Yohji Yamamoto’s signature style makes you stop, blink owlishly and ask yourself the question: is he kidding? His clothes often look over-sized. Seams are flagrantly exposed. And flaps of quilted or felt fabric that would look more at home in Heal’s than in a prêt a porter collection, look tacked on by safety pins. You turn up to a menswear line (like Fall 1998, modelled by Vivienne Westwood and Charlotte Rampling, amongst others), there isn’t a man in sight on the catwalk, and the female models are wearing flat Japanese shoes, long skinny skirts and swathes of chiffon. So, is he kidding? A little, yes. Is he ever serious? Yes, probably. In a kooky, ironic, finger-at-the-establishment, po.mo. kind of way, he is poking fun at the deadly seriousness with which the fashion world treats clothes, collections and bodies. Well, maybe. No one really knows.
Following hot on the heels of the Barbican’s Future Beauty, the Victoria and Albert’s retrospective of Yamamoto’s career spans thirty years, and mixes standard issue mannequin displays, with multimedia installations that tell you about Yamamoto’s life and work, and show the timeline of his collections. Peppered throughout the museum are further displays that share secret liaisons with the museum’s more traditional exhibits, from Trajan’s Column to Rodin’s writhing sculptures. In the main exhibition hall (which is for some reason lit and heated like a furnace) a quilted and be-furred Victorian-style jacket and long skirt nestles close to a sumptuously simple asymmetric red felt dress sewn together in skewed blocks. A gray-and-red chequered, two-tiered dress stands next to a canary-yellow frothy confection, shaded by a hat the size of
. The gray-and-red strapless dress could be a mad person’s take on a business suit, but features instead in Yamamoto’s 1998 Sp/Su wedding collection called Playing with Tradition, where models walk with eye-popping solemnity down the aisle in their lampshade dresses, holding foamy bouquets made of net, quirking an eyebrow at the stereotypical sentimentality of wedding rituals. Honduras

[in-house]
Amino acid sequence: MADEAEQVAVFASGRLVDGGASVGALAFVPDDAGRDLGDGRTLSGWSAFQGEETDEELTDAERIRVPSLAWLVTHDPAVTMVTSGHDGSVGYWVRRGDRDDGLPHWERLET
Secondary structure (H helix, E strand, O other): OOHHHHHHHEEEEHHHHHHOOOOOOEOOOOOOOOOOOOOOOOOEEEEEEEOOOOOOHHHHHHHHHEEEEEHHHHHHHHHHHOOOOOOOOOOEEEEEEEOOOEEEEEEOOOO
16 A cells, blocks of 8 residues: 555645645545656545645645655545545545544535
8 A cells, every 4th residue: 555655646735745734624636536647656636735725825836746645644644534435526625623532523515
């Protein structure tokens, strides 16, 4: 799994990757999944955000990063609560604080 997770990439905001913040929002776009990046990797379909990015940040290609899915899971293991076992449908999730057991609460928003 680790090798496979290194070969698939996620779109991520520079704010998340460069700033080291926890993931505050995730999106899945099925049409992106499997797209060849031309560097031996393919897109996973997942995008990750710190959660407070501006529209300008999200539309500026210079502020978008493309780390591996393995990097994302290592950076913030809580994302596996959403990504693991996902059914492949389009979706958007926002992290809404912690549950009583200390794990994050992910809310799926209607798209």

in 1943, Yamamoto lost his father in the war, and grew up with his widowed mother, which some critics like to link to his penchant for using the deepest, darkest of blacks for his collections, ironically referred to as “post-Hiroshima” chic. He completed a law degree, then switched his attention to the fashion world, and launched his fashion label Y’s in the 1970s. He quickly became notorious for making garments that looked oversized and unfinished, and that too in the 1980s when everyone else was having an orgy with undersized Lycra. Over the years he has collaborated with filmmaker Takeshi Kitano and photographer Wim Wenders. Pina Bausch’s dancers wore Yamamoto’s clothes for the twenty-fifth anniversary of the dance company, and Yamamoto appeared on stage in a rare appearance as a karate aficionado. Both Bausch and Yamamoto’s work is inspired by the harmony between what should and should not be seen. Keeping with the wabi-sabi theme of his life and work, his company was declared bankrupt in 2009, a detail that the V and A exhibition chooses not to harp on. Tokyo
Yamamoto is a designer whose clothes are often admired for two things. For being sensationally wearable (like his 2002 collaboration with Adidas to launch the Y-3 line), and intensely avant garde. The V and A collection is an effervescent selection of Yamamoto’s life and work, but it tries hard to highlight the deconstruction and theatricality of his clothes, often at the cost of the starkness of his style. It tries so much to be full of what Levi-Strauss would call “floating signifiers,” the glam and pastiche of post-modern clothing, and the lavishness of Yamamoto’s disregard for the fashion establishment, that it gives the retrospective a slightly un-tethered, pupils-dilated, frenzied look.Read short review on London Festival Fringe. Longer article coming up in Radia magazine. http://www.londonfestivalfringe.com/indexposttag.php?slug=amita-murray
Exhibition, Till July 10, 2011, V and A